Israel Must Obey Alternative Burial Law, Without Discrimination

It is no accident that instances of non-enforcement of this law frequently end up in court. These cases show the state’s ludicrous responses, whose sole purpose is to explain why it does not carry out the law.

A cemetary near Hod Hasharon.
A cemetary near Hod Hasharon.Credit: Tomer Appelbaum

The recent Kfar Sava Magistrate’s Court ruling ordering the state to reimburse two individuals for the cost of the nonreligious burial of their respective spouses reveals the state’s unease when such services are provided by anything other than the religious establishment. The ruling also reveals the fact that the State of Israel regularly violates the Alternative Burial Law.

Although people often blame the religious establishment for the absence of alternatives to it for various services in Israel, in the case of burials, sole responsibility lies with the government, especially the Religious Services Ministry and Religious Services Minister Naftali Bennett.

The Alternative Burials Law (1996) specifies that every Israeli citizen has the right to a secular burial, funded, just as those carried out by local hevra kadisha religious burial societies are, by the National Insurance Institute. The law’s purpose was to rectify a discriminatory and unjust situation in which Jews in Israel had only two choices for burial in most cases: either in a cemetery operated by a hevra kadisha or in a private cemetery, at a cost that could reach tens of thousands of shekels.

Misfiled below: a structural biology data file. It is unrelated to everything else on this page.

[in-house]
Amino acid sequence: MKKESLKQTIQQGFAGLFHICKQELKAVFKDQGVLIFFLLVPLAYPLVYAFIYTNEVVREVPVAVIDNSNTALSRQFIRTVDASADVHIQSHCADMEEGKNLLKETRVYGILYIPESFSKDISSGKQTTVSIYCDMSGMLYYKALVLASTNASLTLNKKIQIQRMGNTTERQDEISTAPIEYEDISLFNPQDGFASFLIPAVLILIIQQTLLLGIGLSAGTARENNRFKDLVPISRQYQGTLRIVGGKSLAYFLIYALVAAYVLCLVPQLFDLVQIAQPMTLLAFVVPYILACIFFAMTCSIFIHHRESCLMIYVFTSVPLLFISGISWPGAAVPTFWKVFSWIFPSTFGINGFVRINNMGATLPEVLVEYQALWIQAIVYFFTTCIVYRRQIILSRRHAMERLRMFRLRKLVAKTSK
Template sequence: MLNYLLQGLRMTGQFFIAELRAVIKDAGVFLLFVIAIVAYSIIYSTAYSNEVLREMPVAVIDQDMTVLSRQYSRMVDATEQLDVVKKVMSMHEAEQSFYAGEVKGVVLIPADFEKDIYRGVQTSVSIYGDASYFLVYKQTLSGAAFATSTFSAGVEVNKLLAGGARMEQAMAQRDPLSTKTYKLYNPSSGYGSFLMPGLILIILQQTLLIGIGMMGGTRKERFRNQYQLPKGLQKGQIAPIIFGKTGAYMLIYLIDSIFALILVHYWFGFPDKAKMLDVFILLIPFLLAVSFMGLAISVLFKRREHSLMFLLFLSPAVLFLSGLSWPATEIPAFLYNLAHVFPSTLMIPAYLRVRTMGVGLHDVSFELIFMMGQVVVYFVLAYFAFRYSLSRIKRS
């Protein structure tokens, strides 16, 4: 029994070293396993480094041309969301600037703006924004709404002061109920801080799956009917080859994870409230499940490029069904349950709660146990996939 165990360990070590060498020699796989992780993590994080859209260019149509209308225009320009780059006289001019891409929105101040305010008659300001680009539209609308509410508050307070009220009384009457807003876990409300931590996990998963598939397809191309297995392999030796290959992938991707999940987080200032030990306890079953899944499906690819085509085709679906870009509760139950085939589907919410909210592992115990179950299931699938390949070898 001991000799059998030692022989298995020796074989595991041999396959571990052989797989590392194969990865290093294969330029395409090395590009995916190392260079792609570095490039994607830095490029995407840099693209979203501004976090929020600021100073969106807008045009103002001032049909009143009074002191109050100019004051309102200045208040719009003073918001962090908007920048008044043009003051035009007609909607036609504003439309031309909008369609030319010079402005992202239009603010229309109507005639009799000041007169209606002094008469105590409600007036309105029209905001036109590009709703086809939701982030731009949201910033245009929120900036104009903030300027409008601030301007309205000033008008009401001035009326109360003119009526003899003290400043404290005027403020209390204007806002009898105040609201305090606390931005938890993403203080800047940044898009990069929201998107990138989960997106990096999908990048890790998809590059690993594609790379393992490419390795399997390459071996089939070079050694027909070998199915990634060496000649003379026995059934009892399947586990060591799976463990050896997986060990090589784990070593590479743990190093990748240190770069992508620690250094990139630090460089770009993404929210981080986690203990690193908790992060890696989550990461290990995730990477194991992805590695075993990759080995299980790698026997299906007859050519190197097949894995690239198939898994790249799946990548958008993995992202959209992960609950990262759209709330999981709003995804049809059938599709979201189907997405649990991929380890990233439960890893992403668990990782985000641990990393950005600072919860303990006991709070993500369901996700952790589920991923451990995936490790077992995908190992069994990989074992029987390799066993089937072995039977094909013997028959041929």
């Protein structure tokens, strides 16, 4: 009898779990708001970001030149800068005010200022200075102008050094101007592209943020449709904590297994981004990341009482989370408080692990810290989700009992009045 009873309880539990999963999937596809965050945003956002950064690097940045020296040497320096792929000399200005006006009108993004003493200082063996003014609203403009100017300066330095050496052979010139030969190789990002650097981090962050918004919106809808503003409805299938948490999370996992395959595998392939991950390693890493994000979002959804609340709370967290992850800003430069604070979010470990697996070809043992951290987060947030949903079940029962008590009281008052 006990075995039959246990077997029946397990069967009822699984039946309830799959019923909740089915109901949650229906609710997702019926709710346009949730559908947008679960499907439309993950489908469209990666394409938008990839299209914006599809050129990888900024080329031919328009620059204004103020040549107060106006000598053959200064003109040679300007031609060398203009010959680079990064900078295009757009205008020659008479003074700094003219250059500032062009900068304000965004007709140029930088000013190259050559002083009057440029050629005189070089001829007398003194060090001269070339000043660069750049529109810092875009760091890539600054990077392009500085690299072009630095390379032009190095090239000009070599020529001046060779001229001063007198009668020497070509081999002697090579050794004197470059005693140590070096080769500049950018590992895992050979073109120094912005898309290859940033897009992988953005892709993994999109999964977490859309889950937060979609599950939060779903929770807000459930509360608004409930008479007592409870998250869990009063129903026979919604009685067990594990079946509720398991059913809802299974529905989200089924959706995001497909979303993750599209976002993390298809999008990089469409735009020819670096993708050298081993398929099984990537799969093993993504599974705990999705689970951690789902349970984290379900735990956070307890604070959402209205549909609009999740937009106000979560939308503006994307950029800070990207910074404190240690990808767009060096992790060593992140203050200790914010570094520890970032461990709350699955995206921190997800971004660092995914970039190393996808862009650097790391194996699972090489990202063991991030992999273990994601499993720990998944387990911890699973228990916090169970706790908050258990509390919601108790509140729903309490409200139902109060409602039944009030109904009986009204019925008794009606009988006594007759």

The demand for a secular burial reflects not only the personal choice that is every citizen’s right but also, in some cases, necessity. Some Israelis, for example those who immigrated to Israel in accordance with the Law of Return but are not considered Jews under religious law, can only be buried in secular cemeteries or a section of a “regular” Jewish cemetery reserved for individuals of “doubtful religious status.” Nevertheless, in the 18 years since the law was enacted the state has established only a handful of secular cemeteries, provides minuscule budgets for their operation and does not allocate sufficient land to the nonprofit organizations that run them.

It is no accident that instances of nonenforcement of this law frequently end up in court. These cases show the state’s ludicrous responses, whose sole purpose is to explain why it does not carry out the law.

The Yesh Atid and Hatnuah parties, which are desperate for headlines trumpeting their sponsorship of draft laws for civil marriage, civil unions and other important issues that are on the border between religion and state, can start working for the implementation of an important law that was long since passed into legislation. But the state bears the main responsibility. It must obey the law as it is required to do, and not discriminate among its citizens.

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